Hacking algorithms

There are three primary families of hacking algorithms. This guide will go over each of them and advise on how they can be implemented.

Self-contained algorithms

Difficulty: Easy


  • Easy to implement
  • Does not require other scripts to work
  • Works at any stage of the game


  • Limits income generation
  • Extremely RAM inefficient
  • Utilizes script online time poorly
  • Risk of over hacking

Self-contained algorithms are the simplest family of hacking algorithms to implement. Each script is tasked with choosing which function to execute based on the status of the target server. Because of this, they guarantee a consistent, but relatively small, flow of money.

The general logic goes like this:

loop forever {
    if security is not minimum {
    } else if money is not maximum {
    } else {

This algorithm is perfectly capable of paving the way through the majority of the game, but it has a few significant issues.

  • It tends to make all your scripts on every server do the same thing. (e.g. If the target is 0.01 security above the minimum, all scripts will decide to weaken, when only a handful of threads should be devoted to the task)
  • At higher thread counts, these scripts have the potential to hack the server to $0, or maximum security, requiring a long setup time while the scripts return the server to the best stats.
  • Requires function calls such as getServerSecurityLevel() and getServerMoneyAvailable(), as well as calling all three hacking functions, increasing RAM cost which is multiplied by the number of allocated threads

Loop algorithms

Difficulty: Easy to Medium


  • Simple to understand
  • Works at any stage of the game
  • Maximize RAM usage


  • Requires a script that handles deployment

By splitting our hack, weaken, and grow functions into three separate scripts, we can both remove our reliance on functions such as getServerSecurityLevel() as well as removing functions that cannot work concurrently, reducing RAM requirements, and thus increasing our thread limits. Loop scripts are formatted like this:

loop forever {
    hack(target) // or grow, or weaken

Now we can take the total amount of threads available and split it and allocate, for example:

  • 1 part to the hack scripts
  • 10 parts to the grow scripts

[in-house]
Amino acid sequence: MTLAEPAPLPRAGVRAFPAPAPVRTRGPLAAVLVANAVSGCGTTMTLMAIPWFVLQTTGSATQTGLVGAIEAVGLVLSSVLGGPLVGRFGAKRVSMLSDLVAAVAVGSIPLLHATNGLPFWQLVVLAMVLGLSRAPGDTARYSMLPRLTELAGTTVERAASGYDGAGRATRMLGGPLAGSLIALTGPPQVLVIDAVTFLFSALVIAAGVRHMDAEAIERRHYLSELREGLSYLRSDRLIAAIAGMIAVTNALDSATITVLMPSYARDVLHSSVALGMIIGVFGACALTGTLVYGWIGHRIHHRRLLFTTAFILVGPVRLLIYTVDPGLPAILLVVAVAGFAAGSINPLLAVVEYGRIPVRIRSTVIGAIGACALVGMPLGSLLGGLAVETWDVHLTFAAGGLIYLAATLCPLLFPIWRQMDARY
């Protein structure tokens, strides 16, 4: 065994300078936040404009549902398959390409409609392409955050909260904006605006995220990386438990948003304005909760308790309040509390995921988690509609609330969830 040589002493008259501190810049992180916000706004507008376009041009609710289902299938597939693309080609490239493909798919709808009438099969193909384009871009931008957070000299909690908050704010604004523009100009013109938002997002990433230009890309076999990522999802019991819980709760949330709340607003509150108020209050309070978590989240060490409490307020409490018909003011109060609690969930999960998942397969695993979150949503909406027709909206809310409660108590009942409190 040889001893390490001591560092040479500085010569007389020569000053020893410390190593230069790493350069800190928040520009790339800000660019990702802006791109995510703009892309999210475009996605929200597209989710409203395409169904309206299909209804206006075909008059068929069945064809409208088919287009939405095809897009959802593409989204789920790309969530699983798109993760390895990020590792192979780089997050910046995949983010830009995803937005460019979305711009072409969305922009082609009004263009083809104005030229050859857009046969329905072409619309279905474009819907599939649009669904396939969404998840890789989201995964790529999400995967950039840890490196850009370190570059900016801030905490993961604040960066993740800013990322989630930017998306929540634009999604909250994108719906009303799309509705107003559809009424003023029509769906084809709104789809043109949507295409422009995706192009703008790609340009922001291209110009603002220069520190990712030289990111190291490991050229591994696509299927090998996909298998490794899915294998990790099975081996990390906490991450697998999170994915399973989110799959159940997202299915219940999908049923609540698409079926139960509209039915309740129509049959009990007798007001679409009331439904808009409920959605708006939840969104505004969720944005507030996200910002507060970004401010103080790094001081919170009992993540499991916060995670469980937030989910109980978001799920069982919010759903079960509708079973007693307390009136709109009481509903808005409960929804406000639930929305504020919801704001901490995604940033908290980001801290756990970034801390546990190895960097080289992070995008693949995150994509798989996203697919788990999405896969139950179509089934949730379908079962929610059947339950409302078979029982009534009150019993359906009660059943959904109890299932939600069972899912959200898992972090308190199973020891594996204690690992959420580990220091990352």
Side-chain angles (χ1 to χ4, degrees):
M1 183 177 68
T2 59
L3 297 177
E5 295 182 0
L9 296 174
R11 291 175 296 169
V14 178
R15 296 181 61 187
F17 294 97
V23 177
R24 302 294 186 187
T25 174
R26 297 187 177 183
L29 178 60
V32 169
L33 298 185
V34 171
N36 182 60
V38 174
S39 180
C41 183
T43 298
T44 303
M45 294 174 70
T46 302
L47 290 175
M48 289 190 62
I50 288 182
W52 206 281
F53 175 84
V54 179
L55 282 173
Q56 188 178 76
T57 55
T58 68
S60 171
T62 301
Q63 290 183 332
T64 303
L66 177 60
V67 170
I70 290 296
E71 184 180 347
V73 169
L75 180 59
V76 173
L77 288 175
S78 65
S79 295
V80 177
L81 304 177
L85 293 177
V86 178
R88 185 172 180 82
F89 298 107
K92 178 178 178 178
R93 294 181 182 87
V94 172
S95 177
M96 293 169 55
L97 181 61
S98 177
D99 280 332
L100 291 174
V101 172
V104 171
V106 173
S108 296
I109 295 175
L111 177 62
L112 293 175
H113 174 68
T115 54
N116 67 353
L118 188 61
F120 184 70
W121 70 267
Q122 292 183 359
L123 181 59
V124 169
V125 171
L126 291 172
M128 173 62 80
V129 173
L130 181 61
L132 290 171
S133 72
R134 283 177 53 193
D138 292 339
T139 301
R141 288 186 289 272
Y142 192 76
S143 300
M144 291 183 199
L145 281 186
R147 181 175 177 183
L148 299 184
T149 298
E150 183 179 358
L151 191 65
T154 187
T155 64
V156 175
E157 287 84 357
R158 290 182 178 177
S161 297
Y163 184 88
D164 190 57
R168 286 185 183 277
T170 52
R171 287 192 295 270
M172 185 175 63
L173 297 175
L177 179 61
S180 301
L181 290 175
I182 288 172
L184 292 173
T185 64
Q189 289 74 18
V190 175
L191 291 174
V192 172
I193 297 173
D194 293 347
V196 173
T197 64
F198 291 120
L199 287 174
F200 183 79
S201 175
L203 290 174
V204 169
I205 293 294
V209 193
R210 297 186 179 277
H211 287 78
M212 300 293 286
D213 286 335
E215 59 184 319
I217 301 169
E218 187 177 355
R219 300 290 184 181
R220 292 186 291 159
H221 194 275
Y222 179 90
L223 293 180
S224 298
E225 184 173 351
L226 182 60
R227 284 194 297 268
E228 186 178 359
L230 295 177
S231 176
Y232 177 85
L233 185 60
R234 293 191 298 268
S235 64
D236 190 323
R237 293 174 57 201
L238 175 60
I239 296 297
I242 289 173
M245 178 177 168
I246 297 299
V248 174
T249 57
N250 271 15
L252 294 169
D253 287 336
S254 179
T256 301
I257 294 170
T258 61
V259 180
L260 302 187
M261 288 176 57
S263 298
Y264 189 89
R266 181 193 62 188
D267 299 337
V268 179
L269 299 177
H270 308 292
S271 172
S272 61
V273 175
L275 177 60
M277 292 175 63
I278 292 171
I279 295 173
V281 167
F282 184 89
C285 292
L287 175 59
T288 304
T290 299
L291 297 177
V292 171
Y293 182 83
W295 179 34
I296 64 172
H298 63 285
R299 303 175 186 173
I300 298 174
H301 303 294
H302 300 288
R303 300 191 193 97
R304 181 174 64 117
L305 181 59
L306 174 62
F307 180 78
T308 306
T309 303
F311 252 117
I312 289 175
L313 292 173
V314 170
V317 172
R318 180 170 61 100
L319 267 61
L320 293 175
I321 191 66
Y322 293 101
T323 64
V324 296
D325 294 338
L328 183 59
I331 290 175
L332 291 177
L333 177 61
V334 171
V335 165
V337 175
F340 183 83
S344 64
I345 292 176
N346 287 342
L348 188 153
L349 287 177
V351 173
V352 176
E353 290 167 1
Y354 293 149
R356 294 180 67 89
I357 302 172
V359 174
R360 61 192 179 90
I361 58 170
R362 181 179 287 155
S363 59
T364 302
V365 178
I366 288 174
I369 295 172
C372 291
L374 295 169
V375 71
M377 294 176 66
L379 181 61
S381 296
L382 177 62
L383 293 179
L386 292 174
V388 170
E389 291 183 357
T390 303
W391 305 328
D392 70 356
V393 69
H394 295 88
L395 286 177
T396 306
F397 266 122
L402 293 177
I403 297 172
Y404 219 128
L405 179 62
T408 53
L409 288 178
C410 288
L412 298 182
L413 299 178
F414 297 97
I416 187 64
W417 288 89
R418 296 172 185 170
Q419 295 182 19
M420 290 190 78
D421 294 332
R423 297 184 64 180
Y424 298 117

• 2 parts to the weaken scripts

Meaning if we have space for 100 threads across the entire network 7 threads will go to the hack scripts, 76 threads will go to the grow scripts and 15 threads will go to the weaken scripts. The ratios described here are arbitrary and can be greatly improved through the use of the analyze functions, and later, through the use of Formulas.exe.

When utilizing this strategy, monitor the amount of money and security on the target server, if the money is not hovering around maximum and the security around the minimum, the ratios should be tweaked until that is the case.

Utilizing sleep() or asleep() to ensure that your scripts do not all start at the same time can decrease the chance of issues associated with overhacking occurring. Both functions have a ram cost of zero.

Batch algorithms (HGW, HWGW, or Cycles)

Difficulty: Hard


  • Maximum potential income


  • Very difficult to implement without prior programming knowledge
  • Very difficult to make work on servers with less than 1TB of RAM

Batch algorithms utilize a master script that uses exec() many scripts which utilize a relevant hacking function in batches.

The scripts used to execute the hacking functions are even simpler than the previous algorithms but a complex controller is required to calculate the effect, time taken, and the necessary delay.

sleep(a bit)
hack(target) // or grow, or weaken

A few things need to be known before this algorithm can be implemented:

  • The effects of hack and grow depend on the server security level, a higher security level results in a reduced effect. You only want these effects to occur when the security level is minimized.
  • The time taken to execute hack, grow, or weaken is determined when the function is called and is based on the security level of the target server and your hacking level. You only want these effects to start when the security level is minimized.
  • The effects of hack, grow, and weaken, are determined when the time is completed, rather than at the beginning. Hack should finish when security is minimum and money is maximum. Grow should finish when security is minimum, shortly after a hack occurred. Weaken should occur when security is not at a minimum due to a hack or grow increasing it.

A single batch consists of four actions:

  1. A hack script removes a predefined, precalculated amount of money from the target server.
  2. A weaken script counters the security increase of the hack script.
  3. A grow script counters the money decrease caused by the hack script.
  4. A weaken script counters the security increase caused by the grow script.

It is also important that these 4 scripts finish in the order specified above, and all of their effects be precalculated to optimize the ratios between them. This is the reason for the delay in the scripts.

It is possible to create batches with 3 scripts (HGW) but the efficiency of grow will be harmed by the security increase caused by the hack scripts.

The following is an image demonstrating batches in action:


Batches only function predictably when the target server is at minimum security and maximum money, so your script must also handle preparing a server for your batches. You can utilize batches to prepare a server by using no hack threads during preparation.

Depending on your computer’s performance as well as a few other factors, the necessary delay between script execution times may range between 20ms and 200ms, you want to fine-tune this value to be as low as possible while also avoiding your scripts finishing out of order. Anything lower than 20ms will not work due to javascript limitations.